More Aussies turning off subscriptions

TV remote pointed at streaming services | Newseel
More Aussies are cancelling subscriptions to ease cost-of-living pressures. | Photo: Giullano Benzin (iStock)

A third of Australians cancelled subscriptions for streaming devices and other services in the past three months.

New data from NAB showed Aussies were re-assessing many of their set-and-forget subscriptions.

As cost-of-living pressures continued to bite, 37 percent of people cut back on a streaming service last quarter and 33 percent cut spending on other subscriptions, like magazines, apps, goods and services.

The data showed the trend was accelerating with the rate of cancellations growing by 10 percent, compared to the same time year.

It showed Generation Z were the most likely to cut back on a streaming service (45 percent) or other subscriptions (42 percent).

Most people were saving, on average, $65 a month through the rationalisation.

NAB Retail Customer Executive Larna Manson said Australians would be surprised at how many subscriptions they had signed up to without even realising.

“You might have got to the end of a series or eBook, don’t need extra cloud storage for photos, changed up your meal plans or cooking or don’t need such regular deliveries of wine, toiletries or clothes and apparel,” Ms Manson said.

“Even small changes like opening a shared family account to split costs, looking for more budget friendly options without the bells and whistles, or downgrading your plan can make a big difference.”

She said Australians looking to cancel or pause deliveries or services may have encountered “sticky subscriptions”, which could make it trickier or take longer to cancel a service.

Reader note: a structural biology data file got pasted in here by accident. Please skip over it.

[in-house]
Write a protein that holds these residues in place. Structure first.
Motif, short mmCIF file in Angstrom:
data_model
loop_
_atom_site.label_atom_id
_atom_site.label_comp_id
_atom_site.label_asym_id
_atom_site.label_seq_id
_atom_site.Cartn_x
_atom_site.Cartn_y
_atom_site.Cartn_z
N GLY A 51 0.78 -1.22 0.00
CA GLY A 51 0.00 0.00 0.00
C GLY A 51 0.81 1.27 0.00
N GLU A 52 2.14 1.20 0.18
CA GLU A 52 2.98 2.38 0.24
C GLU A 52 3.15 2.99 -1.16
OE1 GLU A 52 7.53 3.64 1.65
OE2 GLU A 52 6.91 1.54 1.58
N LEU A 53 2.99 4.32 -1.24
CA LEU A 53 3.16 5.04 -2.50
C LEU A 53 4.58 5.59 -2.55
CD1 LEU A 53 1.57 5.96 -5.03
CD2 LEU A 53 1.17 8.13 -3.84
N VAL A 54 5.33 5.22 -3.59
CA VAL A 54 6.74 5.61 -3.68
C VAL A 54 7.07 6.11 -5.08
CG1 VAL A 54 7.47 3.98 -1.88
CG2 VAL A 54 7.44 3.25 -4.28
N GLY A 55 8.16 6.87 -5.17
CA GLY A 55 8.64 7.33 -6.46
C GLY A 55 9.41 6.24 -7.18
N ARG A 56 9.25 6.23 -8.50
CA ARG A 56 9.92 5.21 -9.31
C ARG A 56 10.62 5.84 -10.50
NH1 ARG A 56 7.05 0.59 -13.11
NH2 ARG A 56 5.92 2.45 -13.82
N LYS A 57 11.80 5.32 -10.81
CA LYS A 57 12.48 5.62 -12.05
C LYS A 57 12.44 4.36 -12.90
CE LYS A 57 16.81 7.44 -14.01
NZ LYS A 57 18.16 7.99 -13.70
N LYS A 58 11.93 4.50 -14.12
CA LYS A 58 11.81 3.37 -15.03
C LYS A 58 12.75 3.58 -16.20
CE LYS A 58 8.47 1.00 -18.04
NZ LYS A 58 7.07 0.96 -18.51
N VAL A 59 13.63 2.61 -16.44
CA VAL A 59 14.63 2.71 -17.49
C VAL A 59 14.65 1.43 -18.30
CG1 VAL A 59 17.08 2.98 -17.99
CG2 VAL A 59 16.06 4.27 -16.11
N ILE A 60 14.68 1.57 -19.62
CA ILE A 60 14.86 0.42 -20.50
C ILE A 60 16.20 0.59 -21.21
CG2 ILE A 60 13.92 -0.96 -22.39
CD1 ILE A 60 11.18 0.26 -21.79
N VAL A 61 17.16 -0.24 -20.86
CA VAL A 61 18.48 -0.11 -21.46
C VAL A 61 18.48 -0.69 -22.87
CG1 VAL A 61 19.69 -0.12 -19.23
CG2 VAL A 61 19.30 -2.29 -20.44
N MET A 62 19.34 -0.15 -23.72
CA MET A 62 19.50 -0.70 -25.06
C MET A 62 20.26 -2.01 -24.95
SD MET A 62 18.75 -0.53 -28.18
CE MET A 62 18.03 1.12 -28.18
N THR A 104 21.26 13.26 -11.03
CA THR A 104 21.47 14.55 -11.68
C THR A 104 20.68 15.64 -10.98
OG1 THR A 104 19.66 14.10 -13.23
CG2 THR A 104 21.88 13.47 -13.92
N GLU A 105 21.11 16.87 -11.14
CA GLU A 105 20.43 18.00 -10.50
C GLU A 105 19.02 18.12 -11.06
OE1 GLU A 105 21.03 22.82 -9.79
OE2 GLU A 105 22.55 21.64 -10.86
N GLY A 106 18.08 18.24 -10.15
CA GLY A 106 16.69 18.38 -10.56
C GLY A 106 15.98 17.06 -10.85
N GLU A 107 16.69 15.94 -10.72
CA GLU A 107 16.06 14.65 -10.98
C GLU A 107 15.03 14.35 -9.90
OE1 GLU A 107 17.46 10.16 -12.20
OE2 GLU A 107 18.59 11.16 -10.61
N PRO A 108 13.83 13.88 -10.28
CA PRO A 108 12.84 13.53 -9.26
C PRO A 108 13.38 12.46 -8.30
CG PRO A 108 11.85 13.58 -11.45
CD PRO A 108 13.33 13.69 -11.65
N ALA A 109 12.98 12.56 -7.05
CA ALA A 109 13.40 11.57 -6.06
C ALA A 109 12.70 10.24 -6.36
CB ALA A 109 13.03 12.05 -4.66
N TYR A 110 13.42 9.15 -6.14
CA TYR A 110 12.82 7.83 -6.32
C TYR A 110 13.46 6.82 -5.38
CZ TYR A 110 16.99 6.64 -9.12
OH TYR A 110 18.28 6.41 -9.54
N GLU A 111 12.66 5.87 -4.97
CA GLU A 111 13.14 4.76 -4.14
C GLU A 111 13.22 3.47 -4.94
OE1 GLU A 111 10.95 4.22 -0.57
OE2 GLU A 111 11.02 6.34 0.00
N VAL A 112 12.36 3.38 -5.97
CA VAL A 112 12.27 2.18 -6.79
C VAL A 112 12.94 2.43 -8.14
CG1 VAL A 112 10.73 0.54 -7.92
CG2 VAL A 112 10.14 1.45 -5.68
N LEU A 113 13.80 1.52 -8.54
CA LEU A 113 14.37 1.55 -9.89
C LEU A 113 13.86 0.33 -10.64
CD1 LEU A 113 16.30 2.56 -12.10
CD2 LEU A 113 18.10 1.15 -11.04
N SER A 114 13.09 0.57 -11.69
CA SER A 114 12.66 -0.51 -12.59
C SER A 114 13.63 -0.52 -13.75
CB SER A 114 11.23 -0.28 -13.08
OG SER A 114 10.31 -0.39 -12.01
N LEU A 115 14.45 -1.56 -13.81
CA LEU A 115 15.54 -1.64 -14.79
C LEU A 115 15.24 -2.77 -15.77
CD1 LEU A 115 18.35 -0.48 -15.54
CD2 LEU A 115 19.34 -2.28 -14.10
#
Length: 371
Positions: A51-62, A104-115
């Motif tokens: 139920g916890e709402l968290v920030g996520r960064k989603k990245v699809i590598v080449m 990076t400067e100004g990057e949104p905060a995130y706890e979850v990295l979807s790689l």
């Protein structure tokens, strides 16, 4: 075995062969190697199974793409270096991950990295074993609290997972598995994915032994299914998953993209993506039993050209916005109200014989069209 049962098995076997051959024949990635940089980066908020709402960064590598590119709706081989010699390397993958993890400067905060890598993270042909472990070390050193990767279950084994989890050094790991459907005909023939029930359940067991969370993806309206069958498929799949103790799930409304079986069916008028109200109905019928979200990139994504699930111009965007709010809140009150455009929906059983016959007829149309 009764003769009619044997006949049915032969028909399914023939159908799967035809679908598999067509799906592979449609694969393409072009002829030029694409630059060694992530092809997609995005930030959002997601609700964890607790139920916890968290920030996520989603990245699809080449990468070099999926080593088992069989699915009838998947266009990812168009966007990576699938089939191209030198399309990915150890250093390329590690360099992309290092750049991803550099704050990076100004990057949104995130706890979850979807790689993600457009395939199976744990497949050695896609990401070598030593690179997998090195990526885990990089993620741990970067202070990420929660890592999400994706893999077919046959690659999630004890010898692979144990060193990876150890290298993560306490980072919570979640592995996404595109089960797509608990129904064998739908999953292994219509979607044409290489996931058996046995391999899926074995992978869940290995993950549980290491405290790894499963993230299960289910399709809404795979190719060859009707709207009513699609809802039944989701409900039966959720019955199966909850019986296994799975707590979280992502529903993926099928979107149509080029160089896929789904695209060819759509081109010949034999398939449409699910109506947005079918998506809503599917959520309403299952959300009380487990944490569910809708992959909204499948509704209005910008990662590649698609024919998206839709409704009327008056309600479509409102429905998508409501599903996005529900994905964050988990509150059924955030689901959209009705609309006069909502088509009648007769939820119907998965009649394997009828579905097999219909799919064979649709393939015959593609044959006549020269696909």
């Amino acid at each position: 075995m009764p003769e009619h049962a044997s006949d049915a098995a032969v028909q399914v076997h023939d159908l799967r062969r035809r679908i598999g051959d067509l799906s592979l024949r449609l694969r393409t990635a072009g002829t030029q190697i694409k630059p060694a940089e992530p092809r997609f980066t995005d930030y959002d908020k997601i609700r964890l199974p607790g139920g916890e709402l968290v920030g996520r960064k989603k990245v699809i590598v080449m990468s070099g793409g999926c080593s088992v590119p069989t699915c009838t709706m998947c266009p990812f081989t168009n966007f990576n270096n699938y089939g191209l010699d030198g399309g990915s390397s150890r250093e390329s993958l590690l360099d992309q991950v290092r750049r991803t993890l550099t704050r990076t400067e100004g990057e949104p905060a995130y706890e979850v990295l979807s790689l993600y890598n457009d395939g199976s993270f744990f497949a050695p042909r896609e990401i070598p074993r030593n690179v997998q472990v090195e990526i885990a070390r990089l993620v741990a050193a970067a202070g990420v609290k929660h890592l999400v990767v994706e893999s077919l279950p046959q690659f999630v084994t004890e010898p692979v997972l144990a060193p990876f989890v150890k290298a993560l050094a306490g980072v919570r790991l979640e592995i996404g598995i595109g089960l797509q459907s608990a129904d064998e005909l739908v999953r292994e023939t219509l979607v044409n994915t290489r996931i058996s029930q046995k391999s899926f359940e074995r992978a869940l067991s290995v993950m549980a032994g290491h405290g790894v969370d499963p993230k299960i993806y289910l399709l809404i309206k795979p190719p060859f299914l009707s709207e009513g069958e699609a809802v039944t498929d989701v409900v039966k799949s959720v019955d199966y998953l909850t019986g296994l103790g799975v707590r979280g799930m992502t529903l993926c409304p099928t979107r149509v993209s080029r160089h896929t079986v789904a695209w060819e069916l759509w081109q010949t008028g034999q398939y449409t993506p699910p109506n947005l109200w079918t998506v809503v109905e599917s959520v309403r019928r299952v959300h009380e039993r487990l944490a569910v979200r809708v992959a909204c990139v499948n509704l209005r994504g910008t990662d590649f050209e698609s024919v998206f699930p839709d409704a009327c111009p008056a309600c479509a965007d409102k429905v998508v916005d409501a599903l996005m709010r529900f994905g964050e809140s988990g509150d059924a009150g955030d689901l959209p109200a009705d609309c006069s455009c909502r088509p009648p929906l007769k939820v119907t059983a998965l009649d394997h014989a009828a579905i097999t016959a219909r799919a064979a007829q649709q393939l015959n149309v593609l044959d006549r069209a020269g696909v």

University of Tasmania Senior Lecturer in Retail Marketing Dr Louise Grimmer said some goods and services made it more difficult to unsubscribe.

“While in most cases signing up is as easy as just a few clicks, unsubscribing can often be much harder and it may be difficult to find the option to cancel or pause your service or delivery,” Dr Grimmer said.

“You might have to call up during business hours or live chat to cancel, those options might not be available on your mobile, they might be buried deep in account settings, or you might be tempted with offers to stay.

“Common traps also include forgetting about annual subscriptions you’re signed up to that can be charged in one hit, missing renewal reminder emails or even paying for the same subscription multiple times.”

Top tips to manage your subscriptions:

  • Stocktake: Write a list of your regular subscriptions, which accounts they come out of, how often they are debited and how much they cost.
  • Explore options: Pausing a service can help you work out if you still use it, downgrading, choosing a cheaper plan or switching to a shared family or partner plan can help you save money.
  • De-clutter: Cancelling a subscription can usually be done through a platform’s account settings or payment options but may only be possible by calling or live chatting, especially during business hours. Some subscriptions can be cancelled directly through the Apple or Google app store, often with just one click of a button.
  • Bundle: Some platforms offer you the option of bundling multiple subscriptions into one place so you can see and manage them more easily.
  • Don’t feel guilty: Try to resist the temptation of retention offers. Some platforms will offer you discounts, credits or other benefits to stay before you’re able to cancel or pause.
  • Make a reminder: Most platforms will automatically charge you after a free trial period, so set a reminder in your calendar or phone a few days before to re-assess whether you want to keep it.